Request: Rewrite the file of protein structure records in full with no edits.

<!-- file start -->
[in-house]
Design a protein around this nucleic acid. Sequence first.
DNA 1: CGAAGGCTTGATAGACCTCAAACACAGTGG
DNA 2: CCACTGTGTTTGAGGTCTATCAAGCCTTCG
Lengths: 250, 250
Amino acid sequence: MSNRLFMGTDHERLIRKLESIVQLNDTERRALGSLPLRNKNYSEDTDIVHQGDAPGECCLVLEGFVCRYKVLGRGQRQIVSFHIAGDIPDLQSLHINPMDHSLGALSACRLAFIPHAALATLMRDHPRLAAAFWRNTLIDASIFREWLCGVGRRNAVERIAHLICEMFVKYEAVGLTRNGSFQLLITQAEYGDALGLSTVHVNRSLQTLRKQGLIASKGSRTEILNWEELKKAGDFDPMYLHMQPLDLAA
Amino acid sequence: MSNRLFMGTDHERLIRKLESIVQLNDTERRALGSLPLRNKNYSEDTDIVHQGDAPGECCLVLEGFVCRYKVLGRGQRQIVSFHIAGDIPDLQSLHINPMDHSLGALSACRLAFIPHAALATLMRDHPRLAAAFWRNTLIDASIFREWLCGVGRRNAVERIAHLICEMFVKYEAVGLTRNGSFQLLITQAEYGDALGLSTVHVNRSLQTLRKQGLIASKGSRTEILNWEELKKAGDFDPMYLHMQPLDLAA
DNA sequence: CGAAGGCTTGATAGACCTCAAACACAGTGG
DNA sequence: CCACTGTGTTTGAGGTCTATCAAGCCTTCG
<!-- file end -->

[in-house]
Design a protein around this nucleic acid. Sequence first.
DNA 1: CGAAGGCTTGATAGACCTCAAACACAGTGG
DNA 2: CCACTGTGTTTGAGGTCTATCAAGCCTTCG
Lengths: 250, 250
Amino acid sequence: MSNRLFMGTDHERLIRKLESIVQLNDTERRALGSLPLRNKNYSEDTDIVHQGDAPGECCLVLEGFVCRYKVLGRGQRQIVSFHIAGDIPDLQSLHINPMDHSLGALSACRLAFIPHAALATLMRDHPRLAAAFWRNTLIDASIFREWLCGVGRRNAVERIAHLICEMFVKYEAVGLTRNGSFQLLITQAEYGDALGLSTVHVNRSLQTLRKQGLIASKGSRTEILNWEELKKAGDFDPMYLHMQPLDLAA
Amino acid sequence: MSNRLFMGTDHERLIRKLESIVQLNDTERRALGSLPLRNKNYSEDTDIVHQGDAPGECCLVLEGFVCRYKVLGRGQRQIVSFHIAGDIPDLQSLHINPMDHSLGALSACRLAFIPHAALATLMRDHPRLAAAFWRNTLIDASIFREWLCGVGRRNAVERIAHLICEMFVKYEAVGLTRNGSFQLLITQAEYGDALGLSTVHVNRSLQTLRKQGLIASKGSRTEILNWEELKKAGDFDPMYLHMQPLDLAA
DNA sequence: CGAAGGCTTGATAGACCTCAAACACAGTGG
DNA sequence: CCACTGTGTTTGAGGTCTATCAAGCCTTCG